He pulled the necklace from its bag and held it in his hands as they continued walking. He found the green stone itself to be particularly interesting. It had an almost hypnotic quality to it. With its expertly crafted edges and rich hue, the stone reminded Eric of a jewel he'd once seen in an adventure movie, some lost relic hidden within a skeleton-laden catacomb, waiting to be discovered by the daring hero. Eric was so entranced by the amulet that he nearly walked into oncoming traffic. Luckily, his mother had reached her arm out and grabbed him by the chest before he could become roadkill. "You really need to pay attention, Eric," she said, sighing.
Eventually, they made their way from the busier (if you could call it that) section of Littleton and into the quieter side of town where Eric, his mother, and his grandmother lived together. Tony, Eric's best friend, lived on the same street. Right next door, in fact. Tony had been Eric's friend since their playground days, and at this moment, he was feeding the hungry flock of chickens in his yard. They clucked and pecked and scooted around in their pen, happy to be fed.
"Hey, Tony!" Eric called out to him, while returning the necklace to its bag.
Tony had to squint through his glasses to see clearly, but soon he was waving back, shouting, "Hey, Eric! Hello, Ms. Evans!" As he did this, he forgot the weight of the chicken feed bag he was holding, and its contents spilled onto the ground. All the grain formed a massive hill of food that stretched from Tony's feet to the middle of the chickens' pen. And while the chickens seemed elated, Tony could only sigh and drop his head.
As Eric and his mother turned up their driveway and approached the door, Ms. Evans thought aloud to herself, "I wonder if Mom's inside or out back." She knocked on the oak door and waited. No response. A little frustrated, she began digging in her purse for the keys when a voice came from the side of the house.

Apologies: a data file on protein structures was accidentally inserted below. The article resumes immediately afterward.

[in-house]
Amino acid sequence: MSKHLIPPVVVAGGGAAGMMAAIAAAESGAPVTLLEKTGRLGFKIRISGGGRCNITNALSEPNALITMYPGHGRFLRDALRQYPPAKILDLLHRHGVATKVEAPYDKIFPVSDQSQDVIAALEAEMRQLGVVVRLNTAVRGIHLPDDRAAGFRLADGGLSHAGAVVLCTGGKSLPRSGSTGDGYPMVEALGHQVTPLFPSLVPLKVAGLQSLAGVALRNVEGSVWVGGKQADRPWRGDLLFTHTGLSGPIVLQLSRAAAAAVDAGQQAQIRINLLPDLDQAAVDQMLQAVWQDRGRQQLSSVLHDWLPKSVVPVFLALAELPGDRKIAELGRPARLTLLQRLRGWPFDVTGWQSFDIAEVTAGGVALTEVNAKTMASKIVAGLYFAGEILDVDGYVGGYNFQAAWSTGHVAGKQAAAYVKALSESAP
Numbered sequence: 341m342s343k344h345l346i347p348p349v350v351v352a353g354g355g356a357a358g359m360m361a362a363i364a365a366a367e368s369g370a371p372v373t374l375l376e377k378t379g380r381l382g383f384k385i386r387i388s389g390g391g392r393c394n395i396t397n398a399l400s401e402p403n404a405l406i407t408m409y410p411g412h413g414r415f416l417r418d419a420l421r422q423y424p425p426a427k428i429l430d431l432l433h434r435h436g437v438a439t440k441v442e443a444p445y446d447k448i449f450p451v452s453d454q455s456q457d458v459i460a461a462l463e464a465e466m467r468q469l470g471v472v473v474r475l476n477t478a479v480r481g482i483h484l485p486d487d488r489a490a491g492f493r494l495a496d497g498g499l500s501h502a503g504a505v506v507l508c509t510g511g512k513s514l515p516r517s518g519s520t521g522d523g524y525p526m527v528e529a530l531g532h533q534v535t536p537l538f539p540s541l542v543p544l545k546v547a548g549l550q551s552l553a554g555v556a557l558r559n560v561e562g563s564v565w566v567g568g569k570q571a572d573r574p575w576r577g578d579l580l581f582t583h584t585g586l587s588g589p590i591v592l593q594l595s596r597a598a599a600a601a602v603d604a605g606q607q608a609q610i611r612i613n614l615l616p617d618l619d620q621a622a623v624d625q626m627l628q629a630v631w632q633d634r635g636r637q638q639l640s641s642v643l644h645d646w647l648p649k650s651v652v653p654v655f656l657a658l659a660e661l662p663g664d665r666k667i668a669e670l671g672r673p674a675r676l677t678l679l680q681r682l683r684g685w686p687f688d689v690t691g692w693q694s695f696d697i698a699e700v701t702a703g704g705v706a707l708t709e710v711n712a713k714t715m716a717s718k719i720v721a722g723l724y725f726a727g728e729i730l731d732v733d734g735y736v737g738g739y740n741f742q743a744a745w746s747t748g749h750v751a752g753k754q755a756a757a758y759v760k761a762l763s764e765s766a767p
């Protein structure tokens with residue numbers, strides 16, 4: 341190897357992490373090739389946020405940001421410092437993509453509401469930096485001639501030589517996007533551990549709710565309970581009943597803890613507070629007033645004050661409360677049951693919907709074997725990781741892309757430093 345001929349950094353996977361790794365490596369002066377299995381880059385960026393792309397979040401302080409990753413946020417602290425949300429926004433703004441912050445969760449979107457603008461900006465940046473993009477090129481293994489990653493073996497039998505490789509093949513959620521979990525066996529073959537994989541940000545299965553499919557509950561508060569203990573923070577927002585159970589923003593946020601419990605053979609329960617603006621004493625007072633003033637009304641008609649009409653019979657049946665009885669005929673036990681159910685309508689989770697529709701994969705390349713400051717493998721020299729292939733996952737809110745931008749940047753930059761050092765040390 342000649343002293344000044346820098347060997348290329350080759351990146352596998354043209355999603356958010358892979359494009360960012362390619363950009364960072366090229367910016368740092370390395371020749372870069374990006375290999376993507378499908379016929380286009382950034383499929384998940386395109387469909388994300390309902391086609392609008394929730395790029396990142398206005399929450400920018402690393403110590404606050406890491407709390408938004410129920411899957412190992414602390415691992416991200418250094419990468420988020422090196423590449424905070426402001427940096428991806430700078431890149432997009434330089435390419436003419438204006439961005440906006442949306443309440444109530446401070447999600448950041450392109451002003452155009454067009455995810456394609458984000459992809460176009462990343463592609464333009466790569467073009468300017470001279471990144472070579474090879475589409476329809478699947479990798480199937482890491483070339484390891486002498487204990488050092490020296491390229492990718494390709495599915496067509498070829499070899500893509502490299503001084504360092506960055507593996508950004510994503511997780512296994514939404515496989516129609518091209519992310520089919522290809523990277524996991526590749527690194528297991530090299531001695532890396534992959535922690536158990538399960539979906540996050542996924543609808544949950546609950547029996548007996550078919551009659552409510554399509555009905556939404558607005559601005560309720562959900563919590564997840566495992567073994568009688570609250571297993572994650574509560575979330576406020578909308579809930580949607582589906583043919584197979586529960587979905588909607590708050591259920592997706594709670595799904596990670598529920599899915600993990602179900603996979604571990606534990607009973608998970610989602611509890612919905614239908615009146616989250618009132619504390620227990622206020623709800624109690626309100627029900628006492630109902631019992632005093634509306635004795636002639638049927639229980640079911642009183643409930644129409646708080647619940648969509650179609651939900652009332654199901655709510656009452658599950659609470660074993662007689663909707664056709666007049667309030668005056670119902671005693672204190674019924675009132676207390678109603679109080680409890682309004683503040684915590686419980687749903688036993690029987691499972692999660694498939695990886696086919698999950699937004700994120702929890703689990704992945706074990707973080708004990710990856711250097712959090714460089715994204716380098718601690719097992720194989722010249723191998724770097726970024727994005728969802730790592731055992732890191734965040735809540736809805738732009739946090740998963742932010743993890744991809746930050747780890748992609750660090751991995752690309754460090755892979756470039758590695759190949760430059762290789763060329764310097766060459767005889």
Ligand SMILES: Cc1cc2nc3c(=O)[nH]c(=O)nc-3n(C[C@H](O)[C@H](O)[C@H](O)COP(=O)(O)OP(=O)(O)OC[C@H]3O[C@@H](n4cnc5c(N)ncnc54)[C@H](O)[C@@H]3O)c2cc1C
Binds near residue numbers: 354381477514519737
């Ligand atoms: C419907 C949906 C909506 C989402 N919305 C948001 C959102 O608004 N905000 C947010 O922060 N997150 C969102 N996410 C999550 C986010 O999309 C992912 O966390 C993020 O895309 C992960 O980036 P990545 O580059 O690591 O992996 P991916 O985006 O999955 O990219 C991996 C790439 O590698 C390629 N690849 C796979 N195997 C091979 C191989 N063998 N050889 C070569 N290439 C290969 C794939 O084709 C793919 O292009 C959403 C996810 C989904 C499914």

"There you two are! I've been waiting for you!"
That cheerful voice could belong only to Eric's grandmother, who was a short, sweet old lady with silver hair, kind brown eyes, and heavy wrinkles around her mouth from all the smiling she'd done in her life. Her daughter, Ms. Evans, shared many of her characteristics, though of course Eric's mom had less wrinkles, and her hair retained its natural brown color. Only Eric, though, had inherited the kind brown eyes of his grandmother, a fact she tended to revel in.
"My brown-eyed boy," Gran Evans said, taking him into her arms and giving a tight squeeze. She was wearing her favorite denim shirt, the one with the pockets in the front and the rolled-up sleeves. She was still wearing her gardening gloves and had just returned from the greenhouse at the back of their property. Ever since her husband, Eric's grandpa, passed away, she spent almost all of her time in the greenhouse, tending to all types of flowers and small plants. She had quite the green thumb, and she even sold her flowers from time to time at the farmer's market.
Smiling, Eric lifted the bag he'd been carrying and said, "Happy birthday, Gran."
His mother was still fiddling with the keys. "Not right now. We need to get inside."
"Oh, what's the rush?" said Eric's grandmother. "It's a beautiful day outside." She removed her gloves and tucked them neatly into her back pocket. "What did you get, Eric? I hope it's nothing too expensive. You know I don't need a thing except you two." Gran smiled at her daughter, who tried her best to smile back.
Eric lifted the necklace from its bag, letting the amulet dangle from its chain. He then reached his arm out, offering the present to his grandmother. "Do you like it?" he asked.
She clasped her hands together at her chest and beamed. "Oh, Eric!" she said. "You shouldn't have. It's beautiful." Taking it, she gingerly put it on and said, "I'll wear it day and night."
Ms. Evans had finally opened the front door. She beckoned her mother and son inside, and they followed. Gran insisted that Eric give her one last kiss on the cheek before he went upstairs to start his homework.